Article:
More than half of the Patriots grapplers are underclassmen and many had little to no wrestling experience before this year. Head coach Mark Barnes works off campus but is the defensive coordinator for the freshman football team in the fall. It was there that he recruited many of the young Heritage wrestlers.
One of the Patriots’ most experienced wrestlers is Clayton Hambrick, a top competitor in the 152-pound class. “I think they’re adjusting very well, a lot better than I adjusted when I was younger,” said Hambrick of his younger teammates. “They’re learning how it is, making weight with everybody, and keeping their weight down.”
The Patriots are small in another way. Injuries to their key heavyweight wrestlers have depleted their ranks – down to zero – in that class. Additionally, Will Oliver, who recently signed a football scholarship to UCLA and had wrestled for three previous years, opted not to wrestle in his senior season.
The inability to field a full team puts Heritage at a disadvantage against every team in the Bay Valley Athletic League, with the exception of Deer Valley. And yet in the recent Heritage loss to a strong Antioch team – a contest in which the Patriots were forced to forfeit seven matches – Barnes found consolation: in the seven matches that were wrestled, Heritage won five; the Panthers two.
In his first season as the Patriots’ head coach, Barnes has coached all around the country for the last 25 years. He began coaching at Heritage because his son Dalton wrestles for the team. A junior, Dalton also plays tight end for the Patriots football squad.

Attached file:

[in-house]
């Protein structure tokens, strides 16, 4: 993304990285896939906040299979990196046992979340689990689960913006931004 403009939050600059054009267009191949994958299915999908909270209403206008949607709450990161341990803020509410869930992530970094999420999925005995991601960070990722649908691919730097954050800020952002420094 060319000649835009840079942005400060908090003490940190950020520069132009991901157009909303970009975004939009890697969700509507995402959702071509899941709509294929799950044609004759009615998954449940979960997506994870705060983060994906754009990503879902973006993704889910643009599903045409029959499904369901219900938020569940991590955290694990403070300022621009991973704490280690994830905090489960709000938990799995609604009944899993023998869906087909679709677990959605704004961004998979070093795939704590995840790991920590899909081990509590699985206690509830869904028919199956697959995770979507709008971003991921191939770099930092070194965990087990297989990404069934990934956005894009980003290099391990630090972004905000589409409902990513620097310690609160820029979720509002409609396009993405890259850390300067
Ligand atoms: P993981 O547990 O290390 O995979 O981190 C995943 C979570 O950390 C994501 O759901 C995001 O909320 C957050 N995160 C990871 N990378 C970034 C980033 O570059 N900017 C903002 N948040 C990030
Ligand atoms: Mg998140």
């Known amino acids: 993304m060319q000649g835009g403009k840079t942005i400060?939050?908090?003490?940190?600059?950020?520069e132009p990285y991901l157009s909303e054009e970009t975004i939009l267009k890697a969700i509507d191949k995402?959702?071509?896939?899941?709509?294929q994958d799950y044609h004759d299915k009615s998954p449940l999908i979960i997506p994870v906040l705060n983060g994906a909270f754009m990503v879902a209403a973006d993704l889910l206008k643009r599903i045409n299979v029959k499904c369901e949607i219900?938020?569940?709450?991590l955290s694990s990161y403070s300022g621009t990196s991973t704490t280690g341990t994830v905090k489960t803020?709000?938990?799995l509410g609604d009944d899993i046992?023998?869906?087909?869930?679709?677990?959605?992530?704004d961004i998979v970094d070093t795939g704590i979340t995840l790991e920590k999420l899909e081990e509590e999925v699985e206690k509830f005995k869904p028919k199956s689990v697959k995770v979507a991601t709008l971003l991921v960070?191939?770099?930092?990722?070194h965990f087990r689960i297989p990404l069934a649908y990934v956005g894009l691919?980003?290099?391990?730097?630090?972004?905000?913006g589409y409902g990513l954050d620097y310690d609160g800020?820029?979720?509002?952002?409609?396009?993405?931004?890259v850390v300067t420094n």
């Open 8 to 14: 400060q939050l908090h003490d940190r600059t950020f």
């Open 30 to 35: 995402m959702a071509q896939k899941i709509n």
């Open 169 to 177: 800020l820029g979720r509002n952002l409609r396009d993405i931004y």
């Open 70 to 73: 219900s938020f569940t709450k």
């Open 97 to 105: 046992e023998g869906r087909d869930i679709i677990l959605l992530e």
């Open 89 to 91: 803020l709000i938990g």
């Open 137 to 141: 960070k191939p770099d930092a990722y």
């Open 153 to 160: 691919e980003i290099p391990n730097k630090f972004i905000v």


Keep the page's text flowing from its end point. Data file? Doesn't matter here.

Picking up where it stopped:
For some, wrestling is a sport that can occupy 11 months of the year. Citing himself as an example, coach Barnes pointed out that wrestling is a great way to keep kids out of trouble. It gives them not only a place to go, but a safe and legal outlet to release aggression.
“It’s a family. You sweat together, you bleed together, and you make weight together,” said Barnes. “For some tournaments, you leave at 5:30 in the morning on a Friday and don’t come home until Saturday night. So you spend two days cooped up together.”
Although the new wrestlers have picked up the game with surprising speed, they’ve also taken their lumps. Many of the top wrestlers in the area have been involved in the sport for most of their lives. Some are ranked among the top wrestlers in the state.
“Kids that are my age, I have done pretty well against,” said freshman 125-pounder Nathan Cleverly, a football player recruited by Barnes in the fall. “It’s the older, more experienced wrestlers that I have had problems with. They are a lot stronger and I need to get stronger.”